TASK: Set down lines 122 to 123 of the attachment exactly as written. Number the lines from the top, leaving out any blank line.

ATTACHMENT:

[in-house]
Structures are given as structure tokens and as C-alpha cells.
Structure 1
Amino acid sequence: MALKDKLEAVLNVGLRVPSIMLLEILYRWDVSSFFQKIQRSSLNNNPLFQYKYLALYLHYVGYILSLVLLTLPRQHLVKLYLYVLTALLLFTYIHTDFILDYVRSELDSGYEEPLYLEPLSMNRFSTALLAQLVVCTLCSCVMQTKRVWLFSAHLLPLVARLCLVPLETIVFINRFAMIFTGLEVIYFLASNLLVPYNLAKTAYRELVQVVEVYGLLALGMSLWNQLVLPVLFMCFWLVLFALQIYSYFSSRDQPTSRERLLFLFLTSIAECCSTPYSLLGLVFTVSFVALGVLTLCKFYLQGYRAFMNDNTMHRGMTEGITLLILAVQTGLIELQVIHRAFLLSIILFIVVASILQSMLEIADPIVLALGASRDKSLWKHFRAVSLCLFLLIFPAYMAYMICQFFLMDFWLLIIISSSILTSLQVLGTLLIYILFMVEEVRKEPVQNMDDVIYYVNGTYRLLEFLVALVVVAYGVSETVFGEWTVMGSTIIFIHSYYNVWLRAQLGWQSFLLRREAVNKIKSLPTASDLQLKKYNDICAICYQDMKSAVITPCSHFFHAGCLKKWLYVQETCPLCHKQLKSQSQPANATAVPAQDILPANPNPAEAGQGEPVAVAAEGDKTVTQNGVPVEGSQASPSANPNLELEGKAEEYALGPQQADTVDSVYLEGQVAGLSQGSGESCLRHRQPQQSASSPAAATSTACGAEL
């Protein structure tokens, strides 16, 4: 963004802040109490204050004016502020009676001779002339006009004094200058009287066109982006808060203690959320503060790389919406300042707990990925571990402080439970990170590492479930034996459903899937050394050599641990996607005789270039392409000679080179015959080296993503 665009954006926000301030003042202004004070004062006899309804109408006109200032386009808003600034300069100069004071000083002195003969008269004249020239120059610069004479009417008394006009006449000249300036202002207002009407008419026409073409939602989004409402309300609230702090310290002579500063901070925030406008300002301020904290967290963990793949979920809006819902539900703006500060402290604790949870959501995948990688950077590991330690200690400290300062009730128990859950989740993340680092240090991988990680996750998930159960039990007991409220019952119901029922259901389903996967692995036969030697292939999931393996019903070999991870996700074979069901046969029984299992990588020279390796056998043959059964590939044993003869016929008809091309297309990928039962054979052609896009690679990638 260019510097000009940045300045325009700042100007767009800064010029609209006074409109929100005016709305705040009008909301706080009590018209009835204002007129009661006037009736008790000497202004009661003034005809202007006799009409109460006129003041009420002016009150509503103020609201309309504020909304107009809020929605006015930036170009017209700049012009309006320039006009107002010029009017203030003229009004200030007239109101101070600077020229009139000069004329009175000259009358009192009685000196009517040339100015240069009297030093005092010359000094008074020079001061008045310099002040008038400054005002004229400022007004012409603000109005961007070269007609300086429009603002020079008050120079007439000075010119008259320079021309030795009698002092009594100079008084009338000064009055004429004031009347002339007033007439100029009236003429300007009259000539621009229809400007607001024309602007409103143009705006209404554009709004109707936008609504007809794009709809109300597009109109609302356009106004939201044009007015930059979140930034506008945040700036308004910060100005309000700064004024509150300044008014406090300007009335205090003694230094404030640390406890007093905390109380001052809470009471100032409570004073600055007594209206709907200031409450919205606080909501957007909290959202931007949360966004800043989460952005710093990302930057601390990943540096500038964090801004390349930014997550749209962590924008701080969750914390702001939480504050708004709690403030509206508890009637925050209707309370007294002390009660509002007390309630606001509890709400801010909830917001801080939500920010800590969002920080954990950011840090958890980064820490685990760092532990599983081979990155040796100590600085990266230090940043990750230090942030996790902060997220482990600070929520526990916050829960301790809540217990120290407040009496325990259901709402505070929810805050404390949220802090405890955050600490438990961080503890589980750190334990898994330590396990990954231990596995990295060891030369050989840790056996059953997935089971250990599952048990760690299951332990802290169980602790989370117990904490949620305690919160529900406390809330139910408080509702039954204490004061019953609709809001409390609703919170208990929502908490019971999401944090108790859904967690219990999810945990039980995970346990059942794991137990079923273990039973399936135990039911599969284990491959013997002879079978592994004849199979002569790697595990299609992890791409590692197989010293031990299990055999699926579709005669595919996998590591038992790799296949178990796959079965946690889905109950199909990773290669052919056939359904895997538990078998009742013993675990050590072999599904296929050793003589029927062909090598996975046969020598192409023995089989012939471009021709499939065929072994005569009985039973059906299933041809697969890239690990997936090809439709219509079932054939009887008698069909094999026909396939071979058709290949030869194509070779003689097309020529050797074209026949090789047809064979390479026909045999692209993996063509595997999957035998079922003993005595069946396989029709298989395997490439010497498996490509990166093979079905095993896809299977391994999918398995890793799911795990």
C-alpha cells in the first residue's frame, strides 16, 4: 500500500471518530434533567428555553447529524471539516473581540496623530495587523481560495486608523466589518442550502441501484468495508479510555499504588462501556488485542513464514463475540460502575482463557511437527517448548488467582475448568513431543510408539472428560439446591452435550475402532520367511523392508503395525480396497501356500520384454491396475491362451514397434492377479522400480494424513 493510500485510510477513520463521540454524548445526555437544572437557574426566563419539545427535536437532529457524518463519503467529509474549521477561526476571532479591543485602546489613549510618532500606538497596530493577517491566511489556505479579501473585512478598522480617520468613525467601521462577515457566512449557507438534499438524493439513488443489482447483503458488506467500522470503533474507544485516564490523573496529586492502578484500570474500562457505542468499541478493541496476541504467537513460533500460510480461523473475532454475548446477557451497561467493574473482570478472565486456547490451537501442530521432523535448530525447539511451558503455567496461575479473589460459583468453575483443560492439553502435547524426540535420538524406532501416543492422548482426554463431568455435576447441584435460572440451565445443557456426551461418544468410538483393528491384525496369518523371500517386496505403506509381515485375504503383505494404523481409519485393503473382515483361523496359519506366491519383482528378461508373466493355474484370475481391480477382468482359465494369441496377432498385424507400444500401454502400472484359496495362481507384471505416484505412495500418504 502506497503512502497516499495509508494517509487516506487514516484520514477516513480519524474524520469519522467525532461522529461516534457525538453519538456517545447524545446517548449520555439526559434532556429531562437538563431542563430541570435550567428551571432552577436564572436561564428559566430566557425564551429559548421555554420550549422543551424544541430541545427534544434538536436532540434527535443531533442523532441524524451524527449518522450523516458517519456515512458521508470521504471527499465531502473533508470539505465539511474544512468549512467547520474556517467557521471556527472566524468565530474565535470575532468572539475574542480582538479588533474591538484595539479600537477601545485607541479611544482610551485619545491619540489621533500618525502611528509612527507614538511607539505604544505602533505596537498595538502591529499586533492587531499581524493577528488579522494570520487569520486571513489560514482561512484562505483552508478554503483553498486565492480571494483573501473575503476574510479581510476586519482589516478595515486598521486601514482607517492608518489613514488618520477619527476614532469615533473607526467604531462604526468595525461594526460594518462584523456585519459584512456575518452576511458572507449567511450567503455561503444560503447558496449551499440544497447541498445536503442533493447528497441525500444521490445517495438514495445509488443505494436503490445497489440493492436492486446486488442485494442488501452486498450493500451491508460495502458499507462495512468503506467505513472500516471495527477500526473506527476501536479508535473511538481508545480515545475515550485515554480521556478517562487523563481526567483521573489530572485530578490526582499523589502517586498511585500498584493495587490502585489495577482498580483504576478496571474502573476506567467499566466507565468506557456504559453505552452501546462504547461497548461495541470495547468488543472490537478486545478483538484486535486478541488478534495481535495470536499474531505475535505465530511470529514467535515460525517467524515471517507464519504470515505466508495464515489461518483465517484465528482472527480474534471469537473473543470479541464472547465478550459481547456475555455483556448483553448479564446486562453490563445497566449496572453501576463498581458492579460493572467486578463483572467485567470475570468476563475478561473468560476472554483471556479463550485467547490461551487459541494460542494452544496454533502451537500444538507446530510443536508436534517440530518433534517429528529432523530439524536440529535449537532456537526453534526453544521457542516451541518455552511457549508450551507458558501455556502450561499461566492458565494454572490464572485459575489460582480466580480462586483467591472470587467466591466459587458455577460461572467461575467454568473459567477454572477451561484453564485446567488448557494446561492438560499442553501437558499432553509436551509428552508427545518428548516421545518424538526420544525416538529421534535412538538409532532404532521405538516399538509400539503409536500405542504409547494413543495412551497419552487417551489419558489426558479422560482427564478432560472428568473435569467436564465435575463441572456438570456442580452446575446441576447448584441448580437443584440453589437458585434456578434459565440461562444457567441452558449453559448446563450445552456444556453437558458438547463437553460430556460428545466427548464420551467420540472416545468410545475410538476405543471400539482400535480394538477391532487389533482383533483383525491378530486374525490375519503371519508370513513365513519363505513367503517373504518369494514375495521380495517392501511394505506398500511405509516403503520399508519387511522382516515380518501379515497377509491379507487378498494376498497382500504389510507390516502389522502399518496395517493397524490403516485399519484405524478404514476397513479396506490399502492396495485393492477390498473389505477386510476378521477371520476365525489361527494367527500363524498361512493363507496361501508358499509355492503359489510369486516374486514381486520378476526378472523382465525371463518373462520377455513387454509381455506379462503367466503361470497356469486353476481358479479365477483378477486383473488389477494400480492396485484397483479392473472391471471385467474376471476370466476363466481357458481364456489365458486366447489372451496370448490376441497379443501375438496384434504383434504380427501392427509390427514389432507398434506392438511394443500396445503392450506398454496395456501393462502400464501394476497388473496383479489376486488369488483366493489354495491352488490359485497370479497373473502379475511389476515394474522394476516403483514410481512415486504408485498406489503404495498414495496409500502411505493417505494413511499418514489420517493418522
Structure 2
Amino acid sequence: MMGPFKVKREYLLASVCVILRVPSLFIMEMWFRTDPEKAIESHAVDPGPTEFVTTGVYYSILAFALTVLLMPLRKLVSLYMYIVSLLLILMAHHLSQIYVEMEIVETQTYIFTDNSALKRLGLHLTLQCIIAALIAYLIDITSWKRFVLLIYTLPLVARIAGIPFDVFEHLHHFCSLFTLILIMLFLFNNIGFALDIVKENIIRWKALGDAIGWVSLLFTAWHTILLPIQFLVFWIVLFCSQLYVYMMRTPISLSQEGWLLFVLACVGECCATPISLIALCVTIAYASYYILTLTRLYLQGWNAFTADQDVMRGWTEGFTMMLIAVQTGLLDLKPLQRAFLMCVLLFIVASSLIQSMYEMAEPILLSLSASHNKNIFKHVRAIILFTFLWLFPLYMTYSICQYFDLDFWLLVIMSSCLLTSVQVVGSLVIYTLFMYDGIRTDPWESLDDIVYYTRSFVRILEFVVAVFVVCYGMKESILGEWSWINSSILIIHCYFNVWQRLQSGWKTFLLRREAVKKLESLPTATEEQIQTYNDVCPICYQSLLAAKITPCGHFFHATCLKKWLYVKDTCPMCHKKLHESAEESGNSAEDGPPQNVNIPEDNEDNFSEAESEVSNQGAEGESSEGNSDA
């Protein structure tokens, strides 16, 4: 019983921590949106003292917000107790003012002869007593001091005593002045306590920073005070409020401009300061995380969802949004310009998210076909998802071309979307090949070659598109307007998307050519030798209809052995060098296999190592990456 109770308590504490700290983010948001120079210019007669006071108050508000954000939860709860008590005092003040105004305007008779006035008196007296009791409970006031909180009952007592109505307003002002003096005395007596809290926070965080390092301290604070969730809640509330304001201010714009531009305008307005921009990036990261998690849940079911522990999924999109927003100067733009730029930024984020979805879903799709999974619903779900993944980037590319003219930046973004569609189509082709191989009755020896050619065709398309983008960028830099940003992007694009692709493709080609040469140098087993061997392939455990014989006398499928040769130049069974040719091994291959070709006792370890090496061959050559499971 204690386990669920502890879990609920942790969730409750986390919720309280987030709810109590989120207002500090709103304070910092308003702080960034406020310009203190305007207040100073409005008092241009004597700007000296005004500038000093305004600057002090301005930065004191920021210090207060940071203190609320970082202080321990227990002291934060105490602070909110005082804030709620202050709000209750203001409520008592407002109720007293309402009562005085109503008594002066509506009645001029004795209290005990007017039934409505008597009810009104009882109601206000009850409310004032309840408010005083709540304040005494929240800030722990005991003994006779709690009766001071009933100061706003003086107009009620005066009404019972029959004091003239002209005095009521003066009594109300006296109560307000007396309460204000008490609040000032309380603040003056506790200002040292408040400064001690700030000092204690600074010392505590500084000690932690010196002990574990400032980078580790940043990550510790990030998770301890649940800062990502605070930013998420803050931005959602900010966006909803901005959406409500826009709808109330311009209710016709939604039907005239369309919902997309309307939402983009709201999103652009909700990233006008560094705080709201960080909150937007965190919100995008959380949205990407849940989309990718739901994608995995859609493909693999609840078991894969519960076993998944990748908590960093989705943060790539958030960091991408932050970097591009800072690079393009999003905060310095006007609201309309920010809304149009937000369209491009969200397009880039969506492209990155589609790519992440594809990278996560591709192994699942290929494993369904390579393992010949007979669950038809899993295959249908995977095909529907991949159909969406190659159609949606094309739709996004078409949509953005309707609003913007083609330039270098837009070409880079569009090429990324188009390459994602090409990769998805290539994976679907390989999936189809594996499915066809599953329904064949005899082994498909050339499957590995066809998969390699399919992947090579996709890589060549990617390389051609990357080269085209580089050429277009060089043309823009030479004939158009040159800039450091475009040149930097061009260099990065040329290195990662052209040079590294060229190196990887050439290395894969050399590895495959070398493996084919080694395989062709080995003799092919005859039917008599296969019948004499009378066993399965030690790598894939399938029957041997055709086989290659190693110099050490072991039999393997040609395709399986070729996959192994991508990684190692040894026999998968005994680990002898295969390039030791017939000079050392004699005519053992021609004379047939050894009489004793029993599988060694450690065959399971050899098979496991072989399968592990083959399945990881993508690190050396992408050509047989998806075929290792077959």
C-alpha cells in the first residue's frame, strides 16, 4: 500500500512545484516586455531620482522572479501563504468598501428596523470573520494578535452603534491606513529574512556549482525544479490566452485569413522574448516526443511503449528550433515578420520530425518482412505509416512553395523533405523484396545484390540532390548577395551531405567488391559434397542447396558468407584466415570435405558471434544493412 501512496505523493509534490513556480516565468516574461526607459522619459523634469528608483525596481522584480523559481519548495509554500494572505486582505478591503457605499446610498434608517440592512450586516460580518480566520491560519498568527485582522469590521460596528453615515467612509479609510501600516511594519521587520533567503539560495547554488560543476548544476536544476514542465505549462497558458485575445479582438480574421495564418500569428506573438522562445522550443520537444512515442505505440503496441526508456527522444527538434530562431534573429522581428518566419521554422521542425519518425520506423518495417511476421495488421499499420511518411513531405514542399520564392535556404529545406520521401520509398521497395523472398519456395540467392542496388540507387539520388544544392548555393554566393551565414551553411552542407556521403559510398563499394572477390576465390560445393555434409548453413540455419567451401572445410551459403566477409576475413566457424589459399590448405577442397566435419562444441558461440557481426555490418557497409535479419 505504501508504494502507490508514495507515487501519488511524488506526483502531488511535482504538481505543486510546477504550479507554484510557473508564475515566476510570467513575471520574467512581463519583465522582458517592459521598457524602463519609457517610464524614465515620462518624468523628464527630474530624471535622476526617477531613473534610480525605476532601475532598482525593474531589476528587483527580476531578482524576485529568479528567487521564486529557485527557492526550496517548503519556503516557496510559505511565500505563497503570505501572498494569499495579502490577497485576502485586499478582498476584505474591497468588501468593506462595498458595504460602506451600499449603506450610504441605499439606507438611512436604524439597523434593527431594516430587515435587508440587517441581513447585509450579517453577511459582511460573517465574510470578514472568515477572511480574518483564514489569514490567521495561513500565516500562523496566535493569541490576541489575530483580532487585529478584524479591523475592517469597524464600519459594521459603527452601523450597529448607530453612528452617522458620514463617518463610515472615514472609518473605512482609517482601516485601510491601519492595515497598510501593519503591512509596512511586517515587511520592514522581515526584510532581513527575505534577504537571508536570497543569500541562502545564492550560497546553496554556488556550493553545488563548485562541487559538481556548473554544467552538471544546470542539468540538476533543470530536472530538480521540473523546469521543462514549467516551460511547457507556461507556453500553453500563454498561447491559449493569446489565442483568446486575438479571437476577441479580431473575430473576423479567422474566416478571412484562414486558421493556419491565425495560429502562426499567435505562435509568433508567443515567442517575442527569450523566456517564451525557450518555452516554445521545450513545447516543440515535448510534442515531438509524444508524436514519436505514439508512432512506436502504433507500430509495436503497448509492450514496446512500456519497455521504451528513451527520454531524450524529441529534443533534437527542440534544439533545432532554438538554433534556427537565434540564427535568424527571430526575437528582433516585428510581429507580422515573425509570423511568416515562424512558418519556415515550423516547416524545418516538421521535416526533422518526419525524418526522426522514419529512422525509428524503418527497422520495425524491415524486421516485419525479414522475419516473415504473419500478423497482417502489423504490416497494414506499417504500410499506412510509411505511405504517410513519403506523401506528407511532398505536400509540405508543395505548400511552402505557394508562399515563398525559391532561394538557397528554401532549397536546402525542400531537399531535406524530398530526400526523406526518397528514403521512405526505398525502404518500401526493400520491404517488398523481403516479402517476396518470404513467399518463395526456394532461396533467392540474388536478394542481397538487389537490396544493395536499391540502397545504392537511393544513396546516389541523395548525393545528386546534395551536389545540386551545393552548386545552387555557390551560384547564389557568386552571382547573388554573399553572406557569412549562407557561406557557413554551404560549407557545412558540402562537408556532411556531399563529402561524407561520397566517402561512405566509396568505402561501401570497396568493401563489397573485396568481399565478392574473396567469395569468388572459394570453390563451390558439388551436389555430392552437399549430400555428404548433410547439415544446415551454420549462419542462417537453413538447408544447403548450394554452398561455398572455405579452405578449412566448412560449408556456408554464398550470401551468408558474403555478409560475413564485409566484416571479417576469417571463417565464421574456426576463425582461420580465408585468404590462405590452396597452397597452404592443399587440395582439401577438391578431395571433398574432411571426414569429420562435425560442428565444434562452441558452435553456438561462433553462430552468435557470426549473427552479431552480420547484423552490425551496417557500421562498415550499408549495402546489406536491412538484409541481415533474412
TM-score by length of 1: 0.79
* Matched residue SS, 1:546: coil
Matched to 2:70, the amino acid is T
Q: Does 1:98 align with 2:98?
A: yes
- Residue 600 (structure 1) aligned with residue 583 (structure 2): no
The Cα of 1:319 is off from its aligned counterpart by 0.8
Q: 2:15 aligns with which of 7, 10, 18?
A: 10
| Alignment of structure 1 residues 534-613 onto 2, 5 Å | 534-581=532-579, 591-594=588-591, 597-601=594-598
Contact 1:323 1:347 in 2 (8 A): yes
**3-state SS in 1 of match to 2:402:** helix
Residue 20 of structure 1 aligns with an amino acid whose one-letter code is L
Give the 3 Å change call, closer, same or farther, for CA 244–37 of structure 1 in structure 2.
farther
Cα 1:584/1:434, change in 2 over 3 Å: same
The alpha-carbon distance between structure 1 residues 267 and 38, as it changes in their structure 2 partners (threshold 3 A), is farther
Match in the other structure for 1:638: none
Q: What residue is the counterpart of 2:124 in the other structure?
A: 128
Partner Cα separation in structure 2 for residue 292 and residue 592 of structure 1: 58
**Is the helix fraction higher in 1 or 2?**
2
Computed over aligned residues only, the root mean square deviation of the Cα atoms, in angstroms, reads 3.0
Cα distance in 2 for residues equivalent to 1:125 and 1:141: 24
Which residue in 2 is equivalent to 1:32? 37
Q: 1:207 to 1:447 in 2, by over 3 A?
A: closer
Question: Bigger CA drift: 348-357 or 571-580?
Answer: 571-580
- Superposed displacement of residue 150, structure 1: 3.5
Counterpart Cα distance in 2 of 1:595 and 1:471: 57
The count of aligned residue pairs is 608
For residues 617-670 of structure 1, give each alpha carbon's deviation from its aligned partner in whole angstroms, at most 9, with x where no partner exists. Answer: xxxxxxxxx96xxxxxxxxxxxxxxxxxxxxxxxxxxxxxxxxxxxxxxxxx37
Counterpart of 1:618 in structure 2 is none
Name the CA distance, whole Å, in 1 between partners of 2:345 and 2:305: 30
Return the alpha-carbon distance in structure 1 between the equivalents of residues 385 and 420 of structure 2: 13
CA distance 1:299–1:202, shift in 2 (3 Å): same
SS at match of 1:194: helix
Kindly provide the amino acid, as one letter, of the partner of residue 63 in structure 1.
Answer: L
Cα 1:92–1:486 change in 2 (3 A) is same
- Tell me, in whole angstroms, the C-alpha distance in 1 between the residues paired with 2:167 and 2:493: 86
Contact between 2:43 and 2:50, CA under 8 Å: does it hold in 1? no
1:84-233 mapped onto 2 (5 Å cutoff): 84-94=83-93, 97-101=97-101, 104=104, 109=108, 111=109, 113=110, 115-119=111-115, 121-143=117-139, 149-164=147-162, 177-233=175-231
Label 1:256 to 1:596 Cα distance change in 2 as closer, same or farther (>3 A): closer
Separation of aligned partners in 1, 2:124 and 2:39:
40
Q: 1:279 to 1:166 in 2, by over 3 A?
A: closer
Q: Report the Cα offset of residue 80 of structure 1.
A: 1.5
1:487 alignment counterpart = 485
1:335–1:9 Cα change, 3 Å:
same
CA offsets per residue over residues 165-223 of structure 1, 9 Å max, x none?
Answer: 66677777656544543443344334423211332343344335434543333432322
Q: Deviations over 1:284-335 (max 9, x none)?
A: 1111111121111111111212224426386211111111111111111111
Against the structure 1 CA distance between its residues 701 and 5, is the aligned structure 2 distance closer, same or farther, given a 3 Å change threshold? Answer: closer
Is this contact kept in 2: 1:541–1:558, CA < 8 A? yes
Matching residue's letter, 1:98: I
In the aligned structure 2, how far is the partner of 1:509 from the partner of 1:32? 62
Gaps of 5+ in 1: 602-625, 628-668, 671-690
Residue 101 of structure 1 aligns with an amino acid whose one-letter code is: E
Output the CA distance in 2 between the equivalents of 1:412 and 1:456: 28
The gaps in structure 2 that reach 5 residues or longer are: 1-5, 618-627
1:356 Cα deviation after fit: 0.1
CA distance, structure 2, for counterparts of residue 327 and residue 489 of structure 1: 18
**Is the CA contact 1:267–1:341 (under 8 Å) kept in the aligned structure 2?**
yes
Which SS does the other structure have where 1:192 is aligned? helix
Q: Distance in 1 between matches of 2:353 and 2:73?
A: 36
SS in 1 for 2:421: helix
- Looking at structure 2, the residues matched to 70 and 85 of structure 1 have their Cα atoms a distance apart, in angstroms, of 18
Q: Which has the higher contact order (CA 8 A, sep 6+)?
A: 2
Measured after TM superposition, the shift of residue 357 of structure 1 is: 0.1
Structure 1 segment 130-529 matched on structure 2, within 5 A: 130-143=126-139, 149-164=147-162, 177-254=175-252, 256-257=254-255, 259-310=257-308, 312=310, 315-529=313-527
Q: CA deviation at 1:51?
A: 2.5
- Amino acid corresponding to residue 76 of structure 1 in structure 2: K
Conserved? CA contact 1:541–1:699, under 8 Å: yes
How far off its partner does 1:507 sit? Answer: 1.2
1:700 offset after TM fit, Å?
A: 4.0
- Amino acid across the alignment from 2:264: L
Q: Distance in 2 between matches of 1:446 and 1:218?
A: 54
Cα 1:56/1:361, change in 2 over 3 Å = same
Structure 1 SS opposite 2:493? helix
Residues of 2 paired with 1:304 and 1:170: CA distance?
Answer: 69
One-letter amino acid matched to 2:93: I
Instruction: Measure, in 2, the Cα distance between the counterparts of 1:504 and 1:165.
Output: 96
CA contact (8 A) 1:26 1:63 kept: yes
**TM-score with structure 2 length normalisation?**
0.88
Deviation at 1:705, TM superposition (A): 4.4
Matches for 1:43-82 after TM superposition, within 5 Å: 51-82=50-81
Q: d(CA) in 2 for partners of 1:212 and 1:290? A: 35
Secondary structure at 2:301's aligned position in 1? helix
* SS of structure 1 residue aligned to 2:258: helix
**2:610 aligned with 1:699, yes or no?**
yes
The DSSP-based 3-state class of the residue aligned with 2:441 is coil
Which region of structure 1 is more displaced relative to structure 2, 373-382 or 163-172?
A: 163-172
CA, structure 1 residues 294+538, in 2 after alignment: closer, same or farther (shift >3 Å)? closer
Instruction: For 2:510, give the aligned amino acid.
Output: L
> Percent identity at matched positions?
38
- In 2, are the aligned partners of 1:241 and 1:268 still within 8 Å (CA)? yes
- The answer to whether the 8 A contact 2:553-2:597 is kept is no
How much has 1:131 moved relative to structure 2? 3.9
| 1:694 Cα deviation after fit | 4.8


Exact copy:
Instruction: For 2:510, give the aligned amino acid.
Output: L